The trade of Paul Pierce and Kevin Garnett (why mention Terry) to the Brooklyn Nets for a handful of valuable 1st round picks and Gerald Wallace continues to linger over the Boston Celtics fifteen months later. The nature of the trade (future help for present misery) makes it impossible to measure until 2020 or so.
But let’s stay in the present, with an eye on the nearer future, for a few minutes. The Celtics have several versatile forwards on the roster this year. Each of them have an uncertain future in Boston. Of the four players we’ll look at below, only Gerald Wallace is close to certain to stay with Boston until the end of his contract, June 2016. Jeff Green, Brandon Bass and Evan Turner are all intriguing players with various skill sets and all three have proven themselves to be valuable NBA players. Still, it isn’t obvious what kind of roles each will play yet this year.
Last year’s Celtics were an assortment of ages and experience. Veterans Kris Humphries, Courtney Lee, Jerryd Bayless, and Joel Anthony have been scattered to the NBA winds. In their place are younger, less-experienced players: Evan Turner (25), Tyler Zeller (24), Marcus Smart (20) and James Young (19). As the Celtics move forward, they have only one over-30 year-old player under contract for 2015-16, Gerald Wallace (33).
Want to divide Celtics fans? Mention Jeff Green’s name. An offense that was struggling even with Paul Pierce and Kevin Garnett in 2011-12 (24th in offensive efficiency) was made even weaker after the Brooklyn trade.
Left in the wake of that trade was a fan-base desperate for some sort of scoring option. Celtics Nation turned its lonely eyes to Jeff Green and talk of his newly-signed contract was proof that he was supposed to become “the man.” The problem: Rajon Rondo went down with an ACL tear. Jeff Green was left to become “the man,” on a team without any other main options and without a point guard. Consider how sweet-shooting wing-players depend on point guards to produce (last year, Trevor Ariza’s fantastic season owes much to John Wall; Klay Thompson owes much to Steph Curry, etc.). Then consider Avery Bradley and Jordan Crawford are not point guards.
Jeff Green has never been that me-first player and has never displayed the indomitable will and sometimes-selfish attitude of a primary-scoring option. The people wanted Jeff Green to become Paul Pierce, circa 2002. Jeff Green might be making himself into a better pure shooter than Pierce used to be, especially from the corners, but he doesn’t have the same kind of body as Pierce (able to absorb all kinds of contact) and he doesn’t have the same chip on his shoulder. Few players have sustained that chip-on-your-shoulder spirit that Garnett and Pierce had. Being drafted 10th overall was part of it. Growing up as a chubby kid probably has something to do with it. Never being the most athletic player probably has something to do with it. That’s Pierce. Green has elite athleticism. He makes eye-popping drives to the hoop, finishing with flourishes at the rim. We want Jeff Green to do that every night, because it stirs up hope and passion within us. What can you say? There are only a handful of scorers in the NBA that can score 20 points per game and take over games on a regular basis. Celtics fans would be much happier if they learned to temper expectations with Green. When one steps back from the game and considers the fact that he had life-threatening heart-surgery and is back to playing full-contact basketball with the best athletes in the world, it should make fans realize that expectations are often unreasonable, especially with desperate fan-bases.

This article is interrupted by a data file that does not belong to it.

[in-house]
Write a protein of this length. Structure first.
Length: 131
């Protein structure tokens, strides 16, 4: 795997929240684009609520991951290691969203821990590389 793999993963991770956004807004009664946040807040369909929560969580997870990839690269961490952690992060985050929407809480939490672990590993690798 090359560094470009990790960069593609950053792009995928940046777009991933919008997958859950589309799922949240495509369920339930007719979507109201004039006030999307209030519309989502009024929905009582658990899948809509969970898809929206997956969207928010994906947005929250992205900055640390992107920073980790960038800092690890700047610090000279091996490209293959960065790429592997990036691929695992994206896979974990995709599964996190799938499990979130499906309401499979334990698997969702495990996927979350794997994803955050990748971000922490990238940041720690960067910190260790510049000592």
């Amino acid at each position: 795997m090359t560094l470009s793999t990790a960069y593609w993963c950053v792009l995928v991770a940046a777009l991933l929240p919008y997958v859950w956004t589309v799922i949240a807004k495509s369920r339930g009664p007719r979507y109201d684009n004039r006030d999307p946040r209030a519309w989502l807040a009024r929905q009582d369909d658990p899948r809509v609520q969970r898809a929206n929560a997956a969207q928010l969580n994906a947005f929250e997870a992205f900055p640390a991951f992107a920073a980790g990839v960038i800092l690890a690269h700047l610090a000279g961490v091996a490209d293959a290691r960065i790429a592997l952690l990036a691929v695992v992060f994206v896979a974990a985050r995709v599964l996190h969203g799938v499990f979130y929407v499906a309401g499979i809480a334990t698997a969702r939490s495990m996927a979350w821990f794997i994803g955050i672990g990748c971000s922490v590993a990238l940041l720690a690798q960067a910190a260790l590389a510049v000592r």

Zach Lowe recently predicted that the trade market for Green will heat up this winter, as his once-maligned contract looks a lot more reasonable with the rising salary cap. In addition, Green becomes a free-agent in the summer of 2016, which is attractive to teams on the tax bubble. Personally, I’d like to see Green stick around for the next two years, and watch him help these Celtics get to .500 by the end of next year. Sometimes small victories are necessary. Especially for young teams.
Strengths: corner three-pointer over the last two years. Last year, from the right-corner, Green shot 27 of 64 (42%). Finishing at the rim (62.5% last year). Due to Green’s wing-span and leaping ability, he can sometimes finish drives over opposing defenders. Green’s length and foot work make him a very good defender against athletic power forwards. He matches up well with LeBron, so when the Celtics make the Eastern Conference Semifinals, the Celtics will be all set.